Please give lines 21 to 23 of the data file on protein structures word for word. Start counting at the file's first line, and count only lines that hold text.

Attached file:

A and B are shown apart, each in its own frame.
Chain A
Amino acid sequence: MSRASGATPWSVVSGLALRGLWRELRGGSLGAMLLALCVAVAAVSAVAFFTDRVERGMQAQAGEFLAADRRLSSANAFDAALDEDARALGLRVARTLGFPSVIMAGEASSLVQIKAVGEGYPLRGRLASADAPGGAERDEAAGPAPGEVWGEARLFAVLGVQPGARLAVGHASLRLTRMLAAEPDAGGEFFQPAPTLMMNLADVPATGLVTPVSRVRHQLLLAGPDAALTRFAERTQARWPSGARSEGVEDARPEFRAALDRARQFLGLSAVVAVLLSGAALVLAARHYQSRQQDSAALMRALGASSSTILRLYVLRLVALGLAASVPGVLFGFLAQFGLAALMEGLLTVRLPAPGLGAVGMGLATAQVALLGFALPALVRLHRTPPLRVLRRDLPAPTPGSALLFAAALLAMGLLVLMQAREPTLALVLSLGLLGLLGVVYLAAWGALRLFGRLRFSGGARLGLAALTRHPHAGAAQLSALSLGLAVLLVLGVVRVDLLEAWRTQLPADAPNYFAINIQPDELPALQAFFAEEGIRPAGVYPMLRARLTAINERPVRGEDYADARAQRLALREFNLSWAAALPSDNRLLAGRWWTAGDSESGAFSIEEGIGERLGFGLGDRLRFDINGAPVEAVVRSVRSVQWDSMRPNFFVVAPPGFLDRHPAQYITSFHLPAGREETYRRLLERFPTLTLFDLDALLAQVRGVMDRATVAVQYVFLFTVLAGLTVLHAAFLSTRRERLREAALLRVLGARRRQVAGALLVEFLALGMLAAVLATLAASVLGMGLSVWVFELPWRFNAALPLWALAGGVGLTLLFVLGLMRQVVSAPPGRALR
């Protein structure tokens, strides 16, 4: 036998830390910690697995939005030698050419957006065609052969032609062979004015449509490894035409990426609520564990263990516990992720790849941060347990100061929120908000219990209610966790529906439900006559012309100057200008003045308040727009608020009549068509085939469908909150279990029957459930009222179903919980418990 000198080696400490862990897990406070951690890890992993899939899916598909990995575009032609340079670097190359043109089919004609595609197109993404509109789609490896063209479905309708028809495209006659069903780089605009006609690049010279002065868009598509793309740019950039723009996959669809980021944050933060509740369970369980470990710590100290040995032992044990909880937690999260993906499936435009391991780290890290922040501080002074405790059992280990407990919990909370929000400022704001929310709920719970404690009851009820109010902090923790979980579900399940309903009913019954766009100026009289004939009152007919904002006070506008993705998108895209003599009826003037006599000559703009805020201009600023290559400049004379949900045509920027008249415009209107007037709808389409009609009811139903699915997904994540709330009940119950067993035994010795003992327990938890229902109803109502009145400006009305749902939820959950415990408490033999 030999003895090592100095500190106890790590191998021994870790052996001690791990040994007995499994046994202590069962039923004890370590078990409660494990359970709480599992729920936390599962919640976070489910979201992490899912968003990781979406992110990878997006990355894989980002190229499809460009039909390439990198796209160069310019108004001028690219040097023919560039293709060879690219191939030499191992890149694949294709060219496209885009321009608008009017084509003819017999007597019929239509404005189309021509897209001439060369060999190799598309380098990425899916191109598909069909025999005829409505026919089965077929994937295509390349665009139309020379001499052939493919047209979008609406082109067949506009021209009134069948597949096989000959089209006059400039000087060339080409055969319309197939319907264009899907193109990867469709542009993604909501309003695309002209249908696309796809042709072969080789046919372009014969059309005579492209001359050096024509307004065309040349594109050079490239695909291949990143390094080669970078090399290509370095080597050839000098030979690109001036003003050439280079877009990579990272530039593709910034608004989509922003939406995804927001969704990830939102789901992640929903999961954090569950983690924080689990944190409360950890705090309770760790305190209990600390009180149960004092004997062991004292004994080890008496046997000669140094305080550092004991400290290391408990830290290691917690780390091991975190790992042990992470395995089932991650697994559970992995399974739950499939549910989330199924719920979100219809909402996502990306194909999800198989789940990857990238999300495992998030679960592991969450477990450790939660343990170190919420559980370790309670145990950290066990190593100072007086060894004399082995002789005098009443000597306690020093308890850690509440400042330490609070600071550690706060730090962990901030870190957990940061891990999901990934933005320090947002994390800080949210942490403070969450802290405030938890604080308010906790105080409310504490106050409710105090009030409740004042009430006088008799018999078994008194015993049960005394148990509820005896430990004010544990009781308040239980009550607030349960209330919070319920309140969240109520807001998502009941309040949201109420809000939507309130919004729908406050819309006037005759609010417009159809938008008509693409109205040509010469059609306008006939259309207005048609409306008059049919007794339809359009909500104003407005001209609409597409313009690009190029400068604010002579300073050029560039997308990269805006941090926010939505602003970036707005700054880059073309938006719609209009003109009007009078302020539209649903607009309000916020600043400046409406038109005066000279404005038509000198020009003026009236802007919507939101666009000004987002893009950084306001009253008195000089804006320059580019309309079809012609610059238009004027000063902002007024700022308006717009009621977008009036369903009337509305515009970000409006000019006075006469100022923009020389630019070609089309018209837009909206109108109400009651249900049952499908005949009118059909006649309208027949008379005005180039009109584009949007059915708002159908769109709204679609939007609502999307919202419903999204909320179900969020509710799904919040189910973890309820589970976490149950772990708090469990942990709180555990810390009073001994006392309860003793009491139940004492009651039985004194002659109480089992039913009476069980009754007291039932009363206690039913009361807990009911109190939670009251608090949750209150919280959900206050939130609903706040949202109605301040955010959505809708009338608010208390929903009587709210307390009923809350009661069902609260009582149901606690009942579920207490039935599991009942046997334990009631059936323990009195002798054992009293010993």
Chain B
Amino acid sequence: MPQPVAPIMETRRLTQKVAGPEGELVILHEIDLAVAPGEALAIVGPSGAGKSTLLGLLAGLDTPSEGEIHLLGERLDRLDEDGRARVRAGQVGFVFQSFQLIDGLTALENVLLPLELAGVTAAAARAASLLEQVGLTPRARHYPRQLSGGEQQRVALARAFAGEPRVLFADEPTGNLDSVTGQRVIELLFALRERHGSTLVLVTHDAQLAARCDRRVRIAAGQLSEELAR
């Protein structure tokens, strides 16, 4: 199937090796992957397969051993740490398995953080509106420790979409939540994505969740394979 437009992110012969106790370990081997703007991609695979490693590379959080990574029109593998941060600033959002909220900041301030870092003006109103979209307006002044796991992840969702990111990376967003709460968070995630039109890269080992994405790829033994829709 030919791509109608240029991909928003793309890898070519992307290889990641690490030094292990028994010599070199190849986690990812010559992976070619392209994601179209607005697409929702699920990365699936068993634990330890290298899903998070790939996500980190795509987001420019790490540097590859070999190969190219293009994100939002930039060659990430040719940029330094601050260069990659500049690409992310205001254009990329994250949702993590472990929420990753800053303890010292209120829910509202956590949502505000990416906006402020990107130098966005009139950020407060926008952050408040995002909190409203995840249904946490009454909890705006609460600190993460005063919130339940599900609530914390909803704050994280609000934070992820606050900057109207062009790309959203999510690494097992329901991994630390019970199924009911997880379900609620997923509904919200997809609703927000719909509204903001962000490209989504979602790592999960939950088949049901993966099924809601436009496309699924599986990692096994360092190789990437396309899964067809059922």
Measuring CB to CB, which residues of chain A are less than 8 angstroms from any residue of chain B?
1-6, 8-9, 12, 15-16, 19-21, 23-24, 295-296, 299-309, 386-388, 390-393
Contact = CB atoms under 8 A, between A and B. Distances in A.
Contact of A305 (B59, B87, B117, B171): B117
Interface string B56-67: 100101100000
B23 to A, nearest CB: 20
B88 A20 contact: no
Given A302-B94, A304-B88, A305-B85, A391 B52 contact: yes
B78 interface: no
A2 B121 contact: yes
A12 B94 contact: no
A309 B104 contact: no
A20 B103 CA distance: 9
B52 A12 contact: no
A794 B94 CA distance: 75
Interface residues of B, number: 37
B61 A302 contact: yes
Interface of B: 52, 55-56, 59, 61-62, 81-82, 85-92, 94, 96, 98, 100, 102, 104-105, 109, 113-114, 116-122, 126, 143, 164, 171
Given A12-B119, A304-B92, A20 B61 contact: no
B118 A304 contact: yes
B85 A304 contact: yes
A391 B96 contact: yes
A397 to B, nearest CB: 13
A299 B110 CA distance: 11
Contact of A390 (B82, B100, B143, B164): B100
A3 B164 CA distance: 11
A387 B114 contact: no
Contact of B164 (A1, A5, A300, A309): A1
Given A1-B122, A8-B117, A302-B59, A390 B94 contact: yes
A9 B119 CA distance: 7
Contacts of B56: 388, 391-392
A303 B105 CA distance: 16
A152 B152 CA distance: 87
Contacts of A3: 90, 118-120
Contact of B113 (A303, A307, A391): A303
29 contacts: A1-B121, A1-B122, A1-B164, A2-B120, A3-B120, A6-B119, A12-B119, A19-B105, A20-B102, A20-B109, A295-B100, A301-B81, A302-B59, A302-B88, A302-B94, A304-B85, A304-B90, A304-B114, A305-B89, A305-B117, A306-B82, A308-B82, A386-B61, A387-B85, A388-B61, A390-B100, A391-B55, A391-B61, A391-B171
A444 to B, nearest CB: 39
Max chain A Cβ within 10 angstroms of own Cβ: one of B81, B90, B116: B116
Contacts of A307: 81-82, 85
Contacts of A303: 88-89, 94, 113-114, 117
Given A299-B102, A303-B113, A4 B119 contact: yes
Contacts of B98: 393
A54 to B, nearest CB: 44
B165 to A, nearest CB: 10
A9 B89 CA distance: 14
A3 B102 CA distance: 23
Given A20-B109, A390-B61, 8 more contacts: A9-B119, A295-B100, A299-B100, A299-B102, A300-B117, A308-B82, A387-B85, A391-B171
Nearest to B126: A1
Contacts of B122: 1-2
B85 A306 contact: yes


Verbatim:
B52 A12 contact: no
A794 B94 CA distance: 75
Interface residues of B, number: 37